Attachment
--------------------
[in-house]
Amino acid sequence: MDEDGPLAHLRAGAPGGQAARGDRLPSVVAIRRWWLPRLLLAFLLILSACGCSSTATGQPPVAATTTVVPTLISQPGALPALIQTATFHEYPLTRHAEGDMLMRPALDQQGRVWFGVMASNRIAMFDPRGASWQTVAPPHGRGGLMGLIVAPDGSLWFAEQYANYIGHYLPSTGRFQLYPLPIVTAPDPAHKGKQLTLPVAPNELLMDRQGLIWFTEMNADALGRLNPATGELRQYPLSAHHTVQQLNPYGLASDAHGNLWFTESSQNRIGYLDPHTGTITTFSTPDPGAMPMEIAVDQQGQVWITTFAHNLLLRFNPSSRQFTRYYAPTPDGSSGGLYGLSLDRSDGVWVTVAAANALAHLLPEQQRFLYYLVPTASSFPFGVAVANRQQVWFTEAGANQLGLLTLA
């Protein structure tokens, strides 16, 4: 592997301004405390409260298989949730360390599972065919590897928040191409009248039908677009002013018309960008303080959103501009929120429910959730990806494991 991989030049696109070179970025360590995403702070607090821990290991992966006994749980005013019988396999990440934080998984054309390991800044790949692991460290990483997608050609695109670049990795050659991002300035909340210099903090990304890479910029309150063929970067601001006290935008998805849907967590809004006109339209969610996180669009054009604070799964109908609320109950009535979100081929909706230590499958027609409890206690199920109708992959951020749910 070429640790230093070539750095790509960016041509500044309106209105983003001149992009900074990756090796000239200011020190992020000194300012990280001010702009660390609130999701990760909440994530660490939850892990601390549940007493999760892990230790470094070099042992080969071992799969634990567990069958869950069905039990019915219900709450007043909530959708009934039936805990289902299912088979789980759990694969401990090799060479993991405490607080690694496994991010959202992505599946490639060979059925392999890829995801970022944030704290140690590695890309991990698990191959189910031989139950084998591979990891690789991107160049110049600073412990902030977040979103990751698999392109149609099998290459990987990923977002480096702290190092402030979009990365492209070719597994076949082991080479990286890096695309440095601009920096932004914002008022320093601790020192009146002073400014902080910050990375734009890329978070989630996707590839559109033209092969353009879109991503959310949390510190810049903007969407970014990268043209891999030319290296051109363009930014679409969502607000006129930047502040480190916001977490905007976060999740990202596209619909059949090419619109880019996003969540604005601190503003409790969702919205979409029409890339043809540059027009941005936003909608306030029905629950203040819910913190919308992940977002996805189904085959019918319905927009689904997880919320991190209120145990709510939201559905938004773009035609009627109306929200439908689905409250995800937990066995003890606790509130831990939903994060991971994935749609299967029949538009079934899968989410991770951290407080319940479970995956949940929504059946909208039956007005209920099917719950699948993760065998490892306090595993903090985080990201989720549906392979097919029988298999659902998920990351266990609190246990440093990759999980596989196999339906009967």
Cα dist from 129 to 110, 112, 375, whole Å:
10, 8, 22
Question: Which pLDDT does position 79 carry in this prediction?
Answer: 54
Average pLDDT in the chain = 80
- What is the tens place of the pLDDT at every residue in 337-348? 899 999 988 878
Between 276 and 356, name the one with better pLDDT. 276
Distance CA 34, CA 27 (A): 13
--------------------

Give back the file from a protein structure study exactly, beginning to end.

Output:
[in-house]
Amino acid sequence: MDEDGPLAHLRAGAPGGQAARGDRLPSVVAIRRWWLPRLLLAFLLILSACGCSSTATGQPPVAATTTVVPTLISQPGALPALIQTATFHEYPLTRHAEGDMLMRPALDQQGRVWFGVMASNRIAMFDPRGASWQTVAPPHGRGGLMGLIVAPDGSLWFAEQYANYIGHYLPSTGRFQLYPLPIVTAPDPAHKGKQLTLPVAPNELLMDRQGLIWFTEMNADALGRLNPATGELRQYPLSAHHTVQQLNPYGLASDAHGNLWFTESSQNRIGYLDPHTGTITTFSTPDPGAMPMEIAVDQQGQVWITTFAHNLLLRFNPSSRQFTRYYAPTPDGSSGGLYGLSLDRSDGVWVTVAAANALAHLLPEQQRFLYYLVPTASSFPFGVAVANRQQVWFTEAGANQLGLLTLA
């Protein structure tokens, strides 16, 4: 592997301004405390409260298989949730360390599972065919590897928040191409009248039908677009002013018309960008303080959103501009929120429910959730990806494991 991989030049696109070179970025360590995403702070607090821990290991992966006994749980005013019988396999990440934080998984054309390991800044790949692991460290990483997608050609695109670049990795050659991002300035909340210099903090990304890479910029309150063929970067601001006290935008998805849907967590809004006109339209969610996180669009054009604070799964109908609320109950009535979100081929909706230590499958027609409890206690199920109708992959951020749910 070429640790230093070539750095790509960016041509500044309106209105983003001149992009900074990756090796000239200011020190992020000194300012990280001010702009660390609130999701990760909440994530660490939850892990601390549940007493999760892990230790470094070099042992080969071992799969634990567990069958869950069905039990019915219900709450007043909530959708009934039936805990289902299912088979789980759990694969401990090799060479993991405490607080690694496994991010959202992505599946490639060979059925392999890829995801970022944030704290140690590695890309991990698990191959189910031989139950084998591979990891690789991107160049110049600073412990902030977040979103990751698999392109149609099998290459990987990923977002480096702290190092402030979009990365492209070719597994076949082991080479990286890096695309440095601009920096932004914002008022320093601790020192009146002073400014902080910050990375734009890329978070989630996707590839559109033209092969353009879109991503959310949390510190810049903007969407970014990268043209891999030319290296051109363009930014679409969502607000006129930047502040480190916001977490905007976060999740990202596209619909059949090419619109880019996003969540604005601190503003409790969702919205979409029409890339043809540059027009941005936003909608306030029905629950203040819910913190919308992940977002996805189904085959019918319905927009689904997880919320991190209120145990709510939201559905938004773009035609009627109306929200439908689905409250995800937990066995003890606790509130831990939903994060991971994935749609299967029949538009079934899968989410991770951290407080319940479970995956949940929504059946909208039956007005209920099917719950699948993760065998490892306090595993903090985080990201989720549906392979097919029988298999659902998920990351266990609190246990440093990759999980596989196999339906009967």
Cα dist from 129 to 110, 112, 375, whole Å:
10, 8, 22
Question: Which pLDDT does position 79 carry in this prediction?
Answer: 54
Average pLDDT in the chain = 80
- What is the tens place of the pLDDT at every residue in 337-348? 899 999 988 878
Between 276 and 356, name the one with better pLDDT. 276
Distance CA 34, CA 27 (A): 13